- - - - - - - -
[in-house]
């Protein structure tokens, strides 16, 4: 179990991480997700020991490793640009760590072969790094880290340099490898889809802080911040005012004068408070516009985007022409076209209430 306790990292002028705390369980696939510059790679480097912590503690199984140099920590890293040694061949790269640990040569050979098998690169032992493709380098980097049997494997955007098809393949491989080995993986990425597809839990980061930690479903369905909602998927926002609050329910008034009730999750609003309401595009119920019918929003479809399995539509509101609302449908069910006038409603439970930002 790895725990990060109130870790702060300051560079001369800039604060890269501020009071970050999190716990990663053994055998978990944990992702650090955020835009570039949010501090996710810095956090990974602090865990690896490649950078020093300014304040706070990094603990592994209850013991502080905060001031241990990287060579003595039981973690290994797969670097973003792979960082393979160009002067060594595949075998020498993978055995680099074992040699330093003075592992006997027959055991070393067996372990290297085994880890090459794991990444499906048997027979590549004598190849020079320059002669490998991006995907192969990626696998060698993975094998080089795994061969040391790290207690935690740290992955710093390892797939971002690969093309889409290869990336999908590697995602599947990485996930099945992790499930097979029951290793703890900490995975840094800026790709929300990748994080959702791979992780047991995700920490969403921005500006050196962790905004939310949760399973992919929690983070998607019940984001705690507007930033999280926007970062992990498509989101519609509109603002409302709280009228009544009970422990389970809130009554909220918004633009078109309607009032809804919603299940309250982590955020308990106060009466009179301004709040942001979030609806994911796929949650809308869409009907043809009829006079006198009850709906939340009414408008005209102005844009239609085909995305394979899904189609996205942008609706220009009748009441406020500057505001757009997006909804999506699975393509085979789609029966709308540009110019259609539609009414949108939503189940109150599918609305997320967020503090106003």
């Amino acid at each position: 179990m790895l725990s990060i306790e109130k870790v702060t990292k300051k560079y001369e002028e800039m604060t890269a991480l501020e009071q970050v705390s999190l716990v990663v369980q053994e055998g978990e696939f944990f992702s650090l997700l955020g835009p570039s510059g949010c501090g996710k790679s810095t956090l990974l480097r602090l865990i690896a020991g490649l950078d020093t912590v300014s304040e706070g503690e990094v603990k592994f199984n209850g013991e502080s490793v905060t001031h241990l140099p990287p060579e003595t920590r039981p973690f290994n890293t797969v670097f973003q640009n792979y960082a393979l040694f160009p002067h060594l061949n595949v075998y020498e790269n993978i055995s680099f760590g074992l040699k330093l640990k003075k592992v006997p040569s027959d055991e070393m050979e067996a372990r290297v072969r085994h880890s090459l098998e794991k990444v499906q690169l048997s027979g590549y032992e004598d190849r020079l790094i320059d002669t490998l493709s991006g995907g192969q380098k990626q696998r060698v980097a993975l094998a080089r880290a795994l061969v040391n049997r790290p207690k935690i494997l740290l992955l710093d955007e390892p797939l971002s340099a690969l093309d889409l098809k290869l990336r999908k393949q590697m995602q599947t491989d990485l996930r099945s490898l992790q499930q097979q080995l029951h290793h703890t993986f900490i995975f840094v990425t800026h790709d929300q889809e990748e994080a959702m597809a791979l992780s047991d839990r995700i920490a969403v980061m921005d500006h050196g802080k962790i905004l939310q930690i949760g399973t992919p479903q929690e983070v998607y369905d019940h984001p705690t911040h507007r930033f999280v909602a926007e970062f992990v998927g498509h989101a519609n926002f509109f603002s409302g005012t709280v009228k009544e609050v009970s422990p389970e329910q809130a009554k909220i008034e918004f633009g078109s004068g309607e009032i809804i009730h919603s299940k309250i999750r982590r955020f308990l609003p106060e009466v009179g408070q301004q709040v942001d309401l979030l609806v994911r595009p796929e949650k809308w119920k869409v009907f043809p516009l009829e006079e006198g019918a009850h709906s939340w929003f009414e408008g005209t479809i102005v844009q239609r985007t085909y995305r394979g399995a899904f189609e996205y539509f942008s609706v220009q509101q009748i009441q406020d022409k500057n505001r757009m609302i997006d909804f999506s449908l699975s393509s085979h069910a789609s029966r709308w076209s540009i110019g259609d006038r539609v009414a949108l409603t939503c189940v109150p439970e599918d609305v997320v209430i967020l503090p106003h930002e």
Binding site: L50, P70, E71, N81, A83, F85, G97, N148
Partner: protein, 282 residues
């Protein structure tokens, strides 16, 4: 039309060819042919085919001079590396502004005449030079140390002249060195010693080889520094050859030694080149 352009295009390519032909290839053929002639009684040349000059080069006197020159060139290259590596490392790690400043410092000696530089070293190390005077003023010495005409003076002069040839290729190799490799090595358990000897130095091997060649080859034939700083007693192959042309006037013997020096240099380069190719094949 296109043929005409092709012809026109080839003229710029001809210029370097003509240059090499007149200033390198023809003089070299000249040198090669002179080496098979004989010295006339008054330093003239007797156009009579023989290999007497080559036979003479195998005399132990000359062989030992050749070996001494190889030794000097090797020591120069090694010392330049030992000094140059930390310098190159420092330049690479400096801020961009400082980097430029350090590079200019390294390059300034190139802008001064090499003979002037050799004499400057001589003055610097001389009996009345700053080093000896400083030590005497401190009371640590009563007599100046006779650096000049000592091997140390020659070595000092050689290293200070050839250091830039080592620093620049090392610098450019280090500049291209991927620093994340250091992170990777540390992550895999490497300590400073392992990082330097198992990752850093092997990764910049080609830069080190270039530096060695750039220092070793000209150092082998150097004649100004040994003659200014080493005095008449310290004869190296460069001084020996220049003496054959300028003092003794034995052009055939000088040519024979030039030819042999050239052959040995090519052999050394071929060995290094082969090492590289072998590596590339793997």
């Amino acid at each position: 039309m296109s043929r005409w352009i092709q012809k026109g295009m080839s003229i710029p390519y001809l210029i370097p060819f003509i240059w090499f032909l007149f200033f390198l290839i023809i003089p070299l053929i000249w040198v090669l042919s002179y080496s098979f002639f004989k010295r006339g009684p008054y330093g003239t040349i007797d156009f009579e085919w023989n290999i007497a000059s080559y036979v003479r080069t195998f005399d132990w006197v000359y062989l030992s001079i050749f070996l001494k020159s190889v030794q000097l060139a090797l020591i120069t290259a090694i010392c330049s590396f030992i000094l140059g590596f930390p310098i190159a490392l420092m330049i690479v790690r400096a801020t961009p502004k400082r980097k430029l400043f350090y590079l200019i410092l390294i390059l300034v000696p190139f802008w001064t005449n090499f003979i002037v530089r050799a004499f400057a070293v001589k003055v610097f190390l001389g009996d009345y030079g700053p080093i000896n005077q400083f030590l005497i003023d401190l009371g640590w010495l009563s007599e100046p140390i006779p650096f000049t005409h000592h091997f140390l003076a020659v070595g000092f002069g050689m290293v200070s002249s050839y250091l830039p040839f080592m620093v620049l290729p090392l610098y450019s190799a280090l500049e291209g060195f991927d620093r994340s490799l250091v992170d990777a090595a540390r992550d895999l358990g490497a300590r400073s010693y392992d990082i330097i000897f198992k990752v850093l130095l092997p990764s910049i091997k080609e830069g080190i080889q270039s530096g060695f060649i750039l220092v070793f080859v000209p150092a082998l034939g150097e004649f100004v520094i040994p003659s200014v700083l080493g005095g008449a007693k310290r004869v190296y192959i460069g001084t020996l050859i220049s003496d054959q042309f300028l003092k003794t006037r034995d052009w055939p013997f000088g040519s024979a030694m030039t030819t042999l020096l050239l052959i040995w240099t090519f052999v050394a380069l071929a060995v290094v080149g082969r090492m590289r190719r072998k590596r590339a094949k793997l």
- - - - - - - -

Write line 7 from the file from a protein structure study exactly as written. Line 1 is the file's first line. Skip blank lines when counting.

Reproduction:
């Amino acid at each position: 039309m296109s043929r005409w352009i092709q012809k026109g295009m080839s003229i710029p390519y001809l210029i370097p060819f003509i240059w090499f032909l007149f200033f390198l290839i023809i003089p070299l053929i000249w040198v090669l042919s002179y080496s098979f002639f004989k010295r006339g009684p008054y330093g003239t040349i007797d156009f009579e085919w023989n290999i007497a000059s080559y036979v003479r080069t195998f005399d132990w006197v000359y062989l030992s001079i050749f070996l001494k020159s190889v030794q000097l060139a090797l020591i120069t290259a090694i010392c330049s590396f030992i000094l140059g590596f930390p310098i190159a490392l420092m330049i690479v790690r400096a801020t961009p502004k400082r980097k430029l400043f350090y590079l200019i410092l390294i390059l300034v000696p190139f802008w001064t005449n090499f003979i002037v530089r050799a004499f400057a070293v001589k003055v610097f190390l001389g009996d009345y030079g700053p080093i000896n005077q400083f030590l005497i003023d401190l009371g640590w010495l009563s007599e100046p140390i006779p650096f000049t005409h000592h091997f140390l003076a020659v070595g000092f002069g050689m290293v200070s002249s050839y250091l830039p040839f080592m620093v620049l290729p090392l610098y450019s190799a280090l500049e291209g060195f991927d620093r994340s490799l250091v992170d990777a090595a540390r992550d895999l358990g490497a300590r400073s010693y392992d990082i330097i000897f198992k990752v850093l130095l092997p990764s910049i091997k080609e830069g080190i080889q270039s530096g060695f060649i750039l220092v070793f080859v000209p150092a082998l034939g150097e004649f100004v520094i040994p003659s200014v700083l080493g005095g008449a007693k310290r004869v190296y192959i460069g001084t020996l050859i220049s003496d054959q042309f300028l003092k003794t006037r034995d052009w055939p013997f000088g040519s024979a030694m030039t030819t042999l020096l050239l052959i040995w240099t090519f052999v050394a380069l071929a060995v290094v080149g082969r090492m590289r190719r072998k590596r590339a094949k793997l």